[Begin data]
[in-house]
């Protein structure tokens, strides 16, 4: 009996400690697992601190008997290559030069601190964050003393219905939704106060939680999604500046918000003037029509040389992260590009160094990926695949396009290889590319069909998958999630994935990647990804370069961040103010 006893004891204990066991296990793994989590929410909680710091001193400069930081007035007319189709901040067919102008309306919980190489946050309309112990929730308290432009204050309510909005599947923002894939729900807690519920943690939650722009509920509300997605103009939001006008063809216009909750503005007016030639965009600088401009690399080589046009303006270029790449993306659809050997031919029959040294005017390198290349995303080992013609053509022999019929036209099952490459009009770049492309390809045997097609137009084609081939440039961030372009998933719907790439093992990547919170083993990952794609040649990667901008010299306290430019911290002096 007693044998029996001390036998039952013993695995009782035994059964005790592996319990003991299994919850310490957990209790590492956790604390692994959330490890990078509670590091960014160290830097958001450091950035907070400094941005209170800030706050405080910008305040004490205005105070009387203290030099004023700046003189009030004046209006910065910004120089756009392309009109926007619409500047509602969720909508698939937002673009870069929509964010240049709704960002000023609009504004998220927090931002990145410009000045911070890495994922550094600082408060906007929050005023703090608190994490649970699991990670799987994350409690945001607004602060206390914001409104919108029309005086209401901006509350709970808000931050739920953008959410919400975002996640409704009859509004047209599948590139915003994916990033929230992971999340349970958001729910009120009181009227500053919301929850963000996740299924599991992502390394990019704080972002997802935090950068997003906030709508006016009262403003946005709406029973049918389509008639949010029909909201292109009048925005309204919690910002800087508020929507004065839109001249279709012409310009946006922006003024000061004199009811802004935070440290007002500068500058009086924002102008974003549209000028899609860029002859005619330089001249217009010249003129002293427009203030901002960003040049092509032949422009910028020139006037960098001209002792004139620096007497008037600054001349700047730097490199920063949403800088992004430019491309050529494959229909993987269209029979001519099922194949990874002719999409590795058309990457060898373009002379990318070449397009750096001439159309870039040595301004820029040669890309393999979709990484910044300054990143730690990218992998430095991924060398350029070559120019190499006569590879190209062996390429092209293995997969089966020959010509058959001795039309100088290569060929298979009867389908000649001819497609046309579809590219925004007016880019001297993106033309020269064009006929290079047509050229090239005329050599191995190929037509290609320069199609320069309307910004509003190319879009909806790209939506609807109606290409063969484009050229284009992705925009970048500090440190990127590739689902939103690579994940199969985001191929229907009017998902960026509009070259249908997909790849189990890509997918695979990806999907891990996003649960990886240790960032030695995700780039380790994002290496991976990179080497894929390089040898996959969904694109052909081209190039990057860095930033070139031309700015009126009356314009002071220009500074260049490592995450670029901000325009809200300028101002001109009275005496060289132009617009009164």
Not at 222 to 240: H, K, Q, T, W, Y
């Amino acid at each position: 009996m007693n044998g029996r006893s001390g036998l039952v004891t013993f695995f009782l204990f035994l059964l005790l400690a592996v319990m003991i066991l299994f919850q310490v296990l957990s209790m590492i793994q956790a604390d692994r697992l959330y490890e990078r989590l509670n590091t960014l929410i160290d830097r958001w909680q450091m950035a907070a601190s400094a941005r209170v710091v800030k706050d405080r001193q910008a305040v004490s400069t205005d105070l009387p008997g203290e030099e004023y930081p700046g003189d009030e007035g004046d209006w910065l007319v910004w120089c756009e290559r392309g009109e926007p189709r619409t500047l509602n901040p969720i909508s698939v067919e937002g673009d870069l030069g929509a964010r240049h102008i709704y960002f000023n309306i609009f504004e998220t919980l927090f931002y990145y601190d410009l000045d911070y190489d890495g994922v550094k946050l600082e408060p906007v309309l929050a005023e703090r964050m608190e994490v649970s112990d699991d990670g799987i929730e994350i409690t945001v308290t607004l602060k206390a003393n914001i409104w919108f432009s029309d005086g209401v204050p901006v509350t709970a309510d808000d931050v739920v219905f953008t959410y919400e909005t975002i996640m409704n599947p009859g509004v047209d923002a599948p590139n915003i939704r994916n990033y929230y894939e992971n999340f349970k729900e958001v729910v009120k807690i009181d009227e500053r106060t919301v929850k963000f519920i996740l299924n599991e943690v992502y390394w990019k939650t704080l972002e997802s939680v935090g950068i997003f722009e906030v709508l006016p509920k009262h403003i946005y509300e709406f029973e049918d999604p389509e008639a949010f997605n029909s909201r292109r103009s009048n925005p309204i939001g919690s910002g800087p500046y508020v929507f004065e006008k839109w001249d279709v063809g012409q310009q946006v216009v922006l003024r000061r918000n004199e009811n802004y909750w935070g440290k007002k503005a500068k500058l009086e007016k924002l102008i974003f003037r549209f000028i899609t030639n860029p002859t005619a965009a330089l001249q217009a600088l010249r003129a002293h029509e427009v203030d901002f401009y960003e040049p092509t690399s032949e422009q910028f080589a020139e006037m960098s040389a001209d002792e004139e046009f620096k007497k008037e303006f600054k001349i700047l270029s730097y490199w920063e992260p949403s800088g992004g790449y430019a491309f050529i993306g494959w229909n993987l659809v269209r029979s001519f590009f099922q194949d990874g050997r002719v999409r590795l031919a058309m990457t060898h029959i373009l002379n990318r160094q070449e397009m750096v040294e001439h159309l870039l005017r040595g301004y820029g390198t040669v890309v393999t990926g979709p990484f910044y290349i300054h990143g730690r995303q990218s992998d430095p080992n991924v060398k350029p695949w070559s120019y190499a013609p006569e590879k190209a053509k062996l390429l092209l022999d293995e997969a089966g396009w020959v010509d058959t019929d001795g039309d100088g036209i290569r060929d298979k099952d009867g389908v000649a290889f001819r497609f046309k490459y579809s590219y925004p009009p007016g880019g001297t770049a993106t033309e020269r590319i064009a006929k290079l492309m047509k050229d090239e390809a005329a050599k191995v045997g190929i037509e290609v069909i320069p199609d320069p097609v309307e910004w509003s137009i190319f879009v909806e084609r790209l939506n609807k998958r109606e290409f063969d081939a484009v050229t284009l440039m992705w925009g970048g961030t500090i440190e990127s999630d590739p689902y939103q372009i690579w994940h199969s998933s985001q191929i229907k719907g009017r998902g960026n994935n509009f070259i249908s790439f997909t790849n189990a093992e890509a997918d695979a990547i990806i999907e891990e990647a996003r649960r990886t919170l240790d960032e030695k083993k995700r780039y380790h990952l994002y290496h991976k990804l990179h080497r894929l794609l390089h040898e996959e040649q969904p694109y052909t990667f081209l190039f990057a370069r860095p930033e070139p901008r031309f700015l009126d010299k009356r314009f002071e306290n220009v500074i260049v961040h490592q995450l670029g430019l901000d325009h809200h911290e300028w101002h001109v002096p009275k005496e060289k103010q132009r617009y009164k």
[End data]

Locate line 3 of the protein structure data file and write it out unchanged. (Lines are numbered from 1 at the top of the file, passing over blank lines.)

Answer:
Not at 222 to 240: H, K, Q, T, W, Y